have a weakness for polytheism. I enjoy digging into the often intricate, kaleidoscopic dynamics of deities and their turbulent relations. The historical milieu and systems of values that can be extrapolated from the study of myths is probably the most fascinating and intellectually rewarding topic I can think of.
With such hobbies, it will come as no surprise that India incessantly amazes me, especially its Hinduist side. Hinduism, Islam, Christianity, and Sikhism are that country’s four main religions.
The richness of the pantheon of Hindu gods is overwhelming, and a lifetime wouldn’t suffice to explore it in depth. Though I know I can’t put the ocean in a bowl, I’ll limit my focus here to a single drop, in the form of a legend I hold dear. It involves one of the ten incarnations of the god Vishnu.
Vishnu is one of the primary (and most ancient) gods of the Hindu pantheon. He is mentioned in the Rig-Veda, Hinduism’s oldest text, which dates back to around 1,500 BC. He is represented then as a minor god. His position gains importance with the passing of the centuries, until his appearance in the texts known as “Puranas” (3rd to 10th century CE). It is in these texts that he ascends to his position as one of Hinduism’s three central gods, along with Brahma and Shiva. This trinity is known as Trimūrti (“three forms” in Sanskrit).
Incarnations, the notion of gods descending to earth in a flesh-and-blood body (the word literally means “to don flesh”), in order to fulfill specific missions, are a common pattern in many religions. Hinduism abounds in such incarnations, and the incarnated figures are known as “avatars” (a familiar 21st century word, albeit in another context). Gods typically have several avatars, each of them representing a cycle in the interaction of said god with human life. Existence on earth is perceived as a circular path in which life and death alternate ad infinitum, with karma permeating every individual action. In such a belief system, the idea of a god returning cyclically to earth under different forms, interacting with humans and marking the different eras in human history, becomes quite logical. Of the 10 avatars Vishnu is known to possess, I now turn my attention to the fourth one, Narasimha.
According to the myth, during his third incarnation as the avatar Varaha, Vishnu killed the asura known as Hiranyaksha in combat. In Hindu tradition, asuras are evil beings, often referred to as “demons” in modern literature. The “demon” reference is for the sake of simplicity, though the word is clearly inadequate. As a result of that killing, Hiranyaksha’s brother, Hiranyakaśipu, swore revenge and became Vishnu’s archenemy. Following a carefully concocted plan, Hiranyakaśipu performed penance and austerity for 12,000 years, after which Brahma, the creator god, conceded him an extraordinary boon: Hiranyakaśipu could not be killed by any god, man, or animal, by day or night, neither on earth nor in the air, neither indoors nor outdoors, neither with animate nor inanimate weapons.
All but invincible, Hiranyakaśipu became a tyrant, overturning world order, abusing humans, and deposing the gods, while proclaiming the supremacy of the asuras. Eventually, he ordered the murder of his own son Prahlada, who happened to be a faithful devotee of Vishnu. This cosmic imbalance required cosmic intervention. Such is the scenario leading up to Vishnu’s fourth incarnation as the avatar Narasimha, a creature with an anthropomorphic torso and lower body, with the face and claws of a lion. This creature manifested itself by emerging from a pillar set at a threshold, best visualized as an intersection.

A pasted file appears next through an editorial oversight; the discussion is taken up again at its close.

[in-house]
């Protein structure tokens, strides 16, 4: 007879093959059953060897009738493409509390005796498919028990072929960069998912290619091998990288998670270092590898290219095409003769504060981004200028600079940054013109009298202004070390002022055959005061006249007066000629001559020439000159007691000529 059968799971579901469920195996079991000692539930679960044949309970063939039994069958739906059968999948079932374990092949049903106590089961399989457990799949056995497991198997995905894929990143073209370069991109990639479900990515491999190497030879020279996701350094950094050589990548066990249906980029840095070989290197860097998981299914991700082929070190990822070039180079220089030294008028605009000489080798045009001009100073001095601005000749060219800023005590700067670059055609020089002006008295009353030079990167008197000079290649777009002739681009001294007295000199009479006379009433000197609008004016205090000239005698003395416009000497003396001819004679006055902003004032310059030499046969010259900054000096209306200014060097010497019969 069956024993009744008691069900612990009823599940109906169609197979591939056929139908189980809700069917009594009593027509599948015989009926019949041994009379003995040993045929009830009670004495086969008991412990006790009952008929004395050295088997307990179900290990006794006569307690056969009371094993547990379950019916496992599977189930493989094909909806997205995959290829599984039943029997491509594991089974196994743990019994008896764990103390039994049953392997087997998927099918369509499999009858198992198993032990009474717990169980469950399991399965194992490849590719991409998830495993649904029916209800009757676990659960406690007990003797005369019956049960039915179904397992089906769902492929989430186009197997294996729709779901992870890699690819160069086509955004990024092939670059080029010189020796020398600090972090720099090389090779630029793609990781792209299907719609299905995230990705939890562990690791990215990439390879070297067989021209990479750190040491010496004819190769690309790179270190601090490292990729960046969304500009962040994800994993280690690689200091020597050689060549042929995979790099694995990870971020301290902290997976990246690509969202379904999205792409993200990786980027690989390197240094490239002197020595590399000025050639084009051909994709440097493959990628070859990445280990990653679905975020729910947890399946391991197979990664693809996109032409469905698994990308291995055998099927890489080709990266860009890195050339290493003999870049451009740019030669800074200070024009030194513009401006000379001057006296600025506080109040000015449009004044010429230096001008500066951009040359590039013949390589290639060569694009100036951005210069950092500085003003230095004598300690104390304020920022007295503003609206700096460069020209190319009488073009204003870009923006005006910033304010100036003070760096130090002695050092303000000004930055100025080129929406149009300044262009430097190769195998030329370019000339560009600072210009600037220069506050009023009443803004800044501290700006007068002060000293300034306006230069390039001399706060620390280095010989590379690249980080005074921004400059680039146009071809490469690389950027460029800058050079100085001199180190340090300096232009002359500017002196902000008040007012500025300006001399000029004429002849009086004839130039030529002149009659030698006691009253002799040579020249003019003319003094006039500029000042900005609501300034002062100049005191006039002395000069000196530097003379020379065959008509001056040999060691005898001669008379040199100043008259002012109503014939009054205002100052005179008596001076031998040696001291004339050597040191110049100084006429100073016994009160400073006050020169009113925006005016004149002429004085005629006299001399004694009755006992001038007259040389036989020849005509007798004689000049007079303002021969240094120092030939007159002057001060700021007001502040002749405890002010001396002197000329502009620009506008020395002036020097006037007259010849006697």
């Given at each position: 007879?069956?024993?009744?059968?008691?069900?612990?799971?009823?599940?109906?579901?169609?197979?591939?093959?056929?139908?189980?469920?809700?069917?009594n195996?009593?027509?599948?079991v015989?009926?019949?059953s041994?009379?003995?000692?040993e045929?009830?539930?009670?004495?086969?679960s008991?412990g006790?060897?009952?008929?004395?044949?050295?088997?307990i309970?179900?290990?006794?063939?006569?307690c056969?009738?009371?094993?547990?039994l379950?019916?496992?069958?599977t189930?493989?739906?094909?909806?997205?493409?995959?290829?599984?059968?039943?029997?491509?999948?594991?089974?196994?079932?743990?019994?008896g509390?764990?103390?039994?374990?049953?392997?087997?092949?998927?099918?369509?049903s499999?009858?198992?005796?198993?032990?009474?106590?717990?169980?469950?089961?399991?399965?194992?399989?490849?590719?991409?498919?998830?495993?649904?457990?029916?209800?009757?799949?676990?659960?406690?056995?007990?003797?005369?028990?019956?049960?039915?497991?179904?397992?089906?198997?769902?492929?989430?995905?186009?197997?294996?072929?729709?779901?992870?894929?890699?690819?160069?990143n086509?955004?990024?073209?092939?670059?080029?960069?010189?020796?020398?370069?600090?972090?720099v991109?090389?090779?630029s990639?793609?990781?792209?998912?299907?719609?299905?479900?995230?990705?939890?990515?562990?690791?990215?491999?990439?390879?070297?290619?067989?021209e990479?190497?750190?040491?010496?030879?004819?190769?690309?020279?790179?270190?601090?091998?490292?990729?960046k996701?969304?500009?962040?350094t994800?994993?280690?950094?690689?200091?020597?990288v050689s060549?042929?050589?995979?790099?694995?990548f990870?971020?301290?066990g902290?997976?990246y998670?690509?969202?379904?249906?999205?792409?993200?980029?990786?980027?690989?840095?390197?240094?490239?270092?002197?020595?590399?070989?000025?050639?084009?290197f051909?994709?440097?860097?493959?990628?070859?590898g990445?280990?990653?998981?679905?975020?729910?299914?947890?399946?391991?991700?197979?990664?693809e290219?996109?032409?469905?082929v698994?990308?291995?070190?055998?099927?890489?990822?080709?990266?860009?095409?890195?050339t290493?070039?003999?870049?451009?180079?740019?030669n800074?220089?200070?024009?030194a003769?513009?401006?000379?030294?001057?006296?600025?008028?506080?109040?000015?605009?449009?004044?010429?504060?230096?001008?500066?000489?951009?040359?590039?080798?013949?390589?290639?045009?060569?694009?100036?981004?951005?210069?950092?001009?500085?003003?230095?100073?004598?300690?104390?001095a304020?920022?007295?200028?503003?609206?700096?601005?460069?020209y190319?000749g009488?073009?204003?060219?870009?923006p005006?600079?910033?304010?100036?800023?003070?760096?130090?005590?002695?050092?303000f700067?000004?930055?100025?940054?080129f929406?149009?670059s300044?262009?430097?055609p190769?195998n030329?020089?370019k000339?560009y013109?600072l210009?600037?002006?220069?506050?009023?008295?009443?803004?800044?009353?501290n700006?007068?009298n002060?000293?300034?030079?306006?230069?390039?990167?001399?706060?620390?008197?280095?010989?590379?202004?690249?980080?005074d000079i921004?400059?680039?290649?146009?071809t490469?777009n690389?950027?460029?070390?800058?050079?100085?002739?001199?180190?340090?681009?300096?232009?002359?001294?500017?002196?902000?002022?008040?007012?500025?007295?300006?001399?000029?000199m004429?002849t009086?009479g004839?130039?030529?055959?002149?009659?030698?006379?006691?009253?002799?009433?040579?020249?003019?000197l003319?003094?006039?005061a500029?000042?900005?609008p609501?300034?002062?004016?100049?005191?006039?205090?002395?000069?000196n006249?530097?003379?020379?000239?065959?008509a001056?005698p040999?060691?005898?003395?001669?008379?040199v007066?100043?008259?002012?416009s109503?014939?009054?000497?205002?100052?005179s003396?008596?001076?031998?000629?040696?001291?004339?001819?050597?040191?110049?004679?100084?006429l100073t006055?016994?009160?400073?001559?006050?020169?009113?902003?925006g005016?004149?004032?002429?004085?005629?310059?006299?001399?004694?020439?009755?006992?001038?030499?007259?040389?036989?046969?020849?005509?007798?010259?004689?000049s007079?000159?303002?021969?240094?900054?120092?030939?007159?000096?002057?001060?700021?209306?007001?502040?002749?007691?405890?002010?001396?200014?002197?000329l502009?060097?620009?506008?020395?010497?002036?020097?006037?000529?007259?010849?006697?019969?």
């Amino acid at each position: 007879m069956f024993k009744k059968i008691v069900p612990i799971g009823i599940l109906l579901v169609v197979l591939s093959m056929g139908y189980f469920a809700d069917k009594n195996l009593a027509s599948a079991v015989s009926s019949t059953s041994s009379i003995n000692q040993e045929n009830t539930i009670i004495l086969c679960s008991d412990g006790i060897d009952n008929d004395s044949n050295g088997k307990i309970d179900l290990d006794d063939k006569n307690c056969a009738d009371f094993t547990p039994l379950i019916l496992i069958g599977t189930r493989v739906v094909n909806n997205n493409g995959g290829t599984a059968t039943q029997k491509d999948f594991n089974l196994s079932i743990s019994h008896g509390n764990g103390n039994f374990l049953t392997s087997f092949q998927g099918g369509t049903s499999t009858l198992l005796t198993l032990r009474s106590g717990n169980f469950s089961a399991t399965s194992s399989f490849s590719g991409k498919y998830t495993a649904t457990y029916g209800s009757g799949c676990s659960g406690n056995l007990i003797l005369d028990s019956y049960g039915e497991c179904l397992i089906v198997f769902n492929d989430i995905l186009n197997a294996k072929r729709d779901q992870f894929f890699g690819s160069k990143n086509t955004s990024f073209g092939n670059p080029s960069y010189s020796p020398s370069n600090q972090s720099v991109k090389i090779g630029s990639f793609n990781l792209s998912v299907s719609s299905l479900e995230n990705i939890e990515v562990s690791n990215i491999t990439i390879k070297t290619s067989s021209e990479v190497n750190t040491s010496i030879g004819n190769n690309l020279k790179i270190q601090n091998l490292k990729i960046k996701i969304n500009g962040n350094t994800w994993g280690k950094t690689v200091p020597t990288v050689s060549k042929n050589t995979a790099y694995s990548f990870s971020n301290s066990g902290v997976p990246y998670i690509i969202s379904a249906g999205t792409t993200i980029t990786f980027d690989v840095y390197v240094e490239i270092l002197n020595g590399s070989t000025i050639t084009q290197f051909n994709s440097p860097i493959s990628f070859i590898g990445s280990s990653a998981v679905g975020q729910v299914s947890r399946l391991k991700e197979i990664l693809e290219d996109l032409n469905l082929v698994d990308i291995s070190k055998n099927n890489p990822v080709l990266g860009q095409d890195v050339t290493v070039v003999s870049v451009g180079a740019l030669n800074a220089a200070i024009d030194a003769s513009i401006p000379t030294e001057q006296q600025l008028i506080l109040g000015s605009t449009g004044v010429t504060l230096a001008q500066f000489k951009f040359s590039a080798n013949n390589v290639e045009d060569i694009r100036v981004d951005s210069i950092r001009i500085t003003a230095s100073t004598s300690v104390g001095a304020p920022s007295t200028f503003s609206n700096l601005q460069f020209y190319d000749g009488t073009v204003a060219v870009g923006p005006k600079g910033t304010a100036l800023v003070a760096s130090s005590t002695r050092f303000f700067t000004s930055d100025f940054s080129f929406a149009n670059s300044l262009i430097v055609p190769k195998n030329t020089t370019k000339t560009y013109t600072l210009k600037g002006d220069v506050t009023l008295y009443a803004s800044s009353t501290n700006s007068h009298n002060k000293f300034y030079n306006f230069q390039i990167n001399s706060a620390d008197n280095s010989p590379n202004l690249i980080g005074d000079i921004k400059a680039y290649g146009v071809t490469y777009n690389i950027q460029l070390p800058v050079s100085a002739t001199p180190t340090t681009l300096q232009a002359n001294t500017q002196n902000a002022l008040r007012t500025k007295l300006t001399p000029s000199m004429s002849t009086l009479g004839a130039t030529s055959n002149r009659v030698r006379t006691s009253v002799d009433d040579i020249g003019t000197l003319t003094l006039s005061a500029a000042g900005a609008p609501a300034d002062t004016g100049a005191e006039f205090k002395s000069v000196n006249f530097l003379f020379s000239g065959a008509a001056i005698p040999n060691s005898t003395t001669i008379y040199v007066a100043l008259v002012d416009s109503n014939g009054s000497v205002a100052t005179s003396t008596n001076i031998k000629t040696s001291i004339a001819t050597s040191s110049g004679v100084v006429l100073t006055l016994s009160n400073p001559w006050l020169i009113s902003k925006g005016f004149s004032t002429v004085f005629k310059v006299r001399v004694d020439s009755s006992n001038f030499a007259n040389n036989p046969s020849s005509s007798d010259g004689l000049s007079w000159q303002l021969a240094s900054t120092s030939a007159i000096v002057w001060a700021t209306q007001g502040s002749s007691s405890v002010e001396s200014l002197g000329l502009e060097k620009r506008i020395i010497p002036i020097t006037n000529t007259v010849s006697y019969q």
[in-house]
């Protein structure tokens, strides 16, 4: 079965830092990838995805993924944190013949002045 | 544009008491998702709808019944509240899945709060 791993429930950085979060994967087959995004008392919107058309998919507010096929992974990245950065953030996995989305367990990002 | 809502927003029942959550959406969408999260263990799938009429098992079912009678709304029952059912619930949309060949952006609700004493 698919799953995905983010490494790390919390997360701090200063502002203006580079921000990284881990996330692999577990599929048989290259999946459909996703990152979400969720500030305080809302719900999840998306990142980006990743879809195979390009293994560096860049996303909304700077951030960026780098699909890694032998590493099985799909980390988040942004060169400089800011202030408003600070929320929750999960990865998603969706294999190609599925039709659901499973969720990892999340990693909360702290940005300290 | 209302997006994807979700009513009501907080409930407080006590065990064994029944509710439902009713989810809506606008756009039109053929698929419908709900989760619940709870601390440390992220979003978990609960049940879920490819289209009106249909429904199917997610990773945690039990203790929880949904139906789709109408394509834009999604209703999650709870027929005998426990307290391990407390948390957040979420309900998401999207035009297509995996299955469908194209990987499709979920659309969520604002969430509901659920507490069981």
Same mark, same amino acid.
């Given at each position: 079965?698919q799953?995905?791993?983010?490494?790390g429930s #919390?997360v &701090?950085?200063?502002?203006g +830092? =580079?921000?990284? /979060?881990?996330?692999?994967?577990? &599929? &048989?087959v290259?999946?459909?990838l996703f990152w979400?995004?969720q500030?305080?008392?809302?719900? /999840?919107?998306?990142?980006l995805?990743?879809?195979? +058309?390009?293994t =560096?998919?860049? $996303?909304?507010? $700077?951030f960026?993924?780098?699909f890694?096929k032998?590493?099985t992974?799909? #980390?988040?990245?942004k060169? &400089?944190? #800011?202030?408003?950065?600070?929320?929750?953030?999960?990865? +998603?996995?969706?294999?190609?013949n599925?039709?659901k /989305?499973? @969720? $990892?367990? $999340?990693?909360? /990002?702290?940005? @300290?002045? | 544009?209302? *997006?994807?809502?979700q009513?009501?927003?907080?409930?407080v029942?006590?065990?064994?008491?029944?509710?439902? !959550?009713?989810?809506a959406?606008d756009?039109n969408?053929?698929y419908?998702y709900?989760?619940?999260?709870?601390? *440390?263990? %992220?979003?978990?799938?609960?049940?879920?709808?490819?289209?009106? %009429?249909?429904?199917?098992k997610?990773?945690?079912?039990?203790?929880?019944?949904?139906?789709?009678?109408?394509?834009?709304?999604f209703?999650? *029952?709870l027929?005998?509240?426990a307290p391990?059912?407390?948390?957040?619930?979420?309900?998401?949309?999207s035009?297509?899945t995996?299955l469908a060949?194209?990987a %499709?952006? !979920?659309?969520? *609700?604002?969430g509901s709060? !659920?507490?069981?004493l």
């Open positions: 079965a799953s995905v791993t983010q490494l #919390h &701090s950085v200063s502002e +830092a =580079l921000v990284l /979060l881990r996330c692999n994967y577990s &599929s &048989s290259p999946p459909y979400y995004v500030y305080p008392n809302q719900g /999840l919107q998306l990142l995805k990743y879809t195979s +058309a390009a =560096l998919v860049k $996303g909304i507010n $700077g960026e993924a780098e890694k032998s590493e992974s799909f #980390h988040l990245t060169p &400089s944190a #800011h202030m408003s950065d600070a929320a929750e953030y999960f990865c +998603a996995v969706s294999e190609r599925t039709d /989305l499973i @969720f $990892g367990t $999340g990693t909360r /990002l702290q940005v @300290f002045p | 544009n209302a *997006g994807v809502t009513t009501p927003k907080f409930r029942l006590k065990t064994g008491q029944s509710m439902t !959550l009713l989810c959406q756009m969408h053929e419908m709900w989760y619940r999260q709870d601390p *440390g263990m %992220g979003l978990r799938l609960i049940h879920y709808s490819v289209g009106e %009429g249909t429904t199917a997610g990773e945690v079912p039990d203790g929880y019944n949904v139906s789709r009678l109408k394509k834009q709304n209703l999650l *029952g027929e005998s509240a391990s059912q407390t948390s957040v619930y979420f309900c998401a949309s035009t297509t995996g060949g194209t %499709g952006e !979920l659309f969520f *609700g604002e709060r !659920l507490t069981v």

The whole scene serves the purpose of killing Hiranyakaśipu without violating Brahma’s boon. Hiranyakaśipu could not be slain by any god, man, or animal, but Narasimha is a god incarnated in a half human-half animal body; the asura could not be killed inside or outside, by day or night, hence he is killed at dusk on a threshold (in that an intersection is between one state of place and another); he could not be destroyed on earth nor in the air, and no animate or inanimate weapon could defeat him, so Narasimha places him on his lap and disembowels him with his claws — nails are, after all, neither animate nor inanimate.
What truly fascinates me about this myth is the idea of a cosmological order restored through “boundary defiance,” an anthropological formulation that suggests using all means necessary to restore balance, as mentioned above. The narrative behind the story is entirely focused on the symbolism of the border-crossing. As a matter of fact, thresholds, crossroads, and other symbolic intersections are very common patterns in mythological accounts. They are often the home of what historians of religions define as “liminal deities”: gods frequently associated with knowledge, wisdom, sometimes witchcraft, and the many symbolic possibilities the idea of liminality suggests. One example among many is given by Ganesha, the Hindu god-elephant, Lord of the threshold and typically associated with philosophy, letters, intellect, and the removal of obstacles (I will focus on Ganesha in my next column).
The key to Narasimha’s myth lies in Vishnu’s nature: he is the Preserver of the Hindu trinity (while Brahma is the Creator and Shiva is known as the Destroyer). Together they represent the forces through which the universe is cyclically created, preserved, and destroyed. Narasimha’s boundary defiance epitomizes the concurrent moment in which every single notion is challenged in order for things to remain unchanged. Fascinating mythology, to say the least.
— The author recently returned from India, which she has visited several times.